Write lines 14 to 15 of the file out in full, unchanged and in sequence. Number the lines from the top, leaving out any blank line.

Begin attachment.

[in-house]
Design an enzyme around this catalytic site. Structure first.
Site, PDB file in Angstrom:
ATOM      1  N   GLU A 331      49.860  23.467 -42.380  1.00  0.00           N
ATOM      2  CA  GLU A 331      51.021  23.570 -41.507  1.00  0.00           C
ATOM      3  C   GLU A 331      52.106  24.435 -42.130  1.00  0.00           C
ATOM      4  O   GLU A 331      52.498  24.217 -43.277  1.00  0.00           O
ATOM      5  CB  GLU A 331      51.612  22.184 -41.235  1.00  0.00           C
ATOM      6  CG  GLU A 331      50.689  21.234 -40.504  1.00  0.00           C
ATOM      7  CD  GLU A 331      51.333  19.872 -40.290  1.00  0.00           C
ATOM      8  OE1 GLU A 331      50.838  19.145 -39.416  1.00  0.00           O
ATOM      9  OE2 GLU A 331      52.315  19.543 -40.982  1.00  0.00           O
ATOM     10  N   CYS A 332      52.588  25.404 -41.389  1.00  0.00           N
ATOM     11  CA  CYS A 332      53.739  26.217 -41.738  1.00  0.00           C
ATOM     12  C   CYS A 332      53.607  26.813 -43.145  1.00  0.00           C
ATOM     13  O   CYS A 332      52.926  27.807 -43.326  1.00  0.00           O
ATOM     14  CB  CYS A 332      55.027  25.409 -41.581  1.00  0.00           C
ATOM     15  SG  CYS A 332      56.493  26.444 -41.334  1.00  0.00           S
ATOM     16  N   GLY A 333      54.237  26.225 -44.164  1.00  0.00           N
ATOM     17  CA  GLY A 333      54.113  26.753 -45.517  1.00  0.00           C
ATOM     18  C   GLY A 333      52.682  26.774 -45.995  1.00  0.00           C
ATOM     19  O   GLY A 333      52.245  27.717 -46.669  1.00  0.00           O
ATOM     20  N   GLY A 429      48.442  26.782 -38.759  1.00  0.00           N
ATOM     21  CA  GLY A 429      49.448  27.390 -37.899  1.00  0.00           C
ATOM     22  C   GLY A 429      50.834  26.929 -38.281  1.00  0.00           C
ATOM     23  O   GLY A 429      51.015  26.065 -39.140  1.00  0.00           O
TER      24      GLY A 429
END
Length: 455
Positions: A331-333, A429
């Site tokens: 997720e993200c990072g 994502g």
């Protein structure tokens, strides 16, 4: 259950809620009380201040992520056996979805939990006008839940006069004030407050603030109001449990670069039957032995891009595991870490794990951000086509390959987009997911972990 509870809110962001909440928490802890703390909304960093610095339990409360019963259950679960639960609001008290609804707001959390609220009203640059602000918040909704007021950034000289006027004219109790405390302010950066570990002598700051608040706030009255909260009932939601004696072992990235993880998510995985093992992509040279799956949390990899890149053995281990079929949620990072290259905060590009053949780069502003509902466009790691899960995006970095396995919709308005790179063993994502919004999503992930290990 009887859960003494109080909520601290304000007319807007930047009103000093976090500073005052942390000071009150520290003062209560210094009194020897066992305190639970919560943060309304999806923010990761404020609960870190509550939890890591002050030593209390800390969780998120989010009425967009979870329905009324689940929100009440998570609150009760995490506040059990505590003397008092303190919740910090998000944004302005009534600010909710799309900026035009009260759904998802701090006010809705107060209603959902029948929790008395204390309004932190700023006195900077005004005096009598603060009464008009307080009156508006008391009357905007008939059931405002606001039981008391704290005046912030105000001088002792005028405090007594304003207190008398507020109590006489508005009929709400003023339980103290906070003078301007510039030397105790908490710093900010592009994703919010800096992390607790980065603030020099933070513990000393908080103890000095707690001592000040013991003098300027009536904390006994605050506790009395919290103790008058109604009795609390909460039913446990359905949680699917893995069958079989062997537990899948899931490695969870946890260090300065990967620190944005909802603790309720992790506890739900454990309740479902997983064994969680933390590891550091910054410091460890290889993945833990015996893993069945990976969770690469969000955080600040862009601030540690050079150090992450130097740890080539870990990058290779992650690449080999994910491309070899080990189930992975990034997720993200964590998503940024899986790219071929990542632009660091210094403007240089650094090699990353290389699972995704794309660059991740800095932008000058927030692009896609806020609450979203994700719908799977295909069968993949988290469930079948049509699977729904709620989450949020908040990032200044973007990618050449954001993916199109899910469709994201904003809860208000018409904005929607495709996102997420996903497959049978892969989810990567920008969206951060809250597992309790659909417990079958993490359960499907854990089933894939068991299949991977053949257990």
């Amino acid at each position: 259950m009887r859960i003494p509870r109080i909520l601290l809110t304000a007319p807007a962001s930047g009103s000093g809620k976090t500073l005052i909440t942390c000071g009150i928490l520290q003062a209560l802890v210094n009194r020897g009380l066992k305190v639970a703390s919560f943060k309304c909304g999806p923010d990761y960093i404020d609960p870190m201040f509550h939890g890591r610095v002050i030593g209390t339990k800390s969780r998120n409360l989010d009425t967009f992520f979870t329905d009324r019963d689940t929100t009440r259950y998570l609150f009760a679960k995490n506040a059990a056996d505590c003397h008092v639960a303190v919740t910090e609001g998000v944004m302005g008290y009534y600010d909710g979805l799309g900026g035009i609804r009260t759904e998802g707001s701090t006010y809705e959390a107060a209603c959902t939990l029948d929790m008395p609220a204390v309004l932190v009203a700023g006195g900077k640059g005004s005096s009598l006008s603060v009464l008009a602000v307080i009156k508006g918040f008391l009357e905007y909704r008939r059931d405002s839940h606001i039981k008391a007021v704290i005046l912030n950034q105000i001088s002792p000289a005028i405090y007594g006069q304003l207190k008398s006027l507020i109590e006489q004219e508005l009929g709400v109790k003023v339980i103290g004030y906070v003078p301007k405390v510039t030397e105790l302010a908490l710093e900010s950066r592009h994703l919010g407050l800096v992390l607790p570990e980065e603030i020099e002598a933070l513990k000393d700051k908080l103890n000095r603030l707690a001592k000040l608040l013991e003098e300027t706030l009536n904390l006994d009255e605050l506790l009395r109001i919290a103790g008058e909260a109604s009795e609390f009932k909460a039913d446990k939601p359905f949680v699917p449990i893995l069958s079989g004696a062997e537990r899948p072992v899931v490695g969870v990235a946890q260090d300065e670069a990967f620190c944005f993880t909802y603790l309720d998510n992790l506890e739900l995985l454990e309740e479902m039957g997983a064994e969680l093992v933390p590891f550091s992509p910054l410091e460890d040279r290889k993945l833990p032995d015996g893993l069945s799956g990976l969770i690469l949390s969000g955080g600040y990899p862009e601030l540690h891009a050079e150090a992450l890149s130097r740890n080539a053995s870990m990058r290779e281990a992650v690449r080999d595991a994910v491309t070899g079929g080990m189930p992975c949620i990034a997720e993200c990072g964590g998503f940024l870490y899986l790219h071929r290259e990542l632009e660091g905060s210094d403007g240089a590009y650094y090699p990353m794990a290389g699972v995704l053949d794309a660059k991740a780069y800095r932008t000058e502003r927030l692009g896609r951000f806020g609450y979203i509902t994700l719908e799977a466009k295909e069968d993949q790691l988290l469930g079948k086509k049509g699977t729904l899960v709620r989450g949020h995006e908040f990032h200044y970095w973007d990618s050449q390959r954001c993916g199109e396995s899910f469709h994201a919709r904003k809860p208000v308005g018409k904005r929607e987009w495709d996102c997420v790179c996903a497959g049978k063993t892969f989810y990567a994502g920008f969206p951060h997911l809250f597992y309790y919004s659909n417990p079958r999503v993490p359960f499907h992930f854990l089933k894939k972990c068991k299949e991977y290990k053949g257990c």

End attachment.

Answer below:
ATOM     11  CA  CYS A 332      53.739  26.217 -41.738  1.00  0.00           C
ATOM     12  C   CYS A 332      53.607  26.813 -43.145  1.00  0.00           C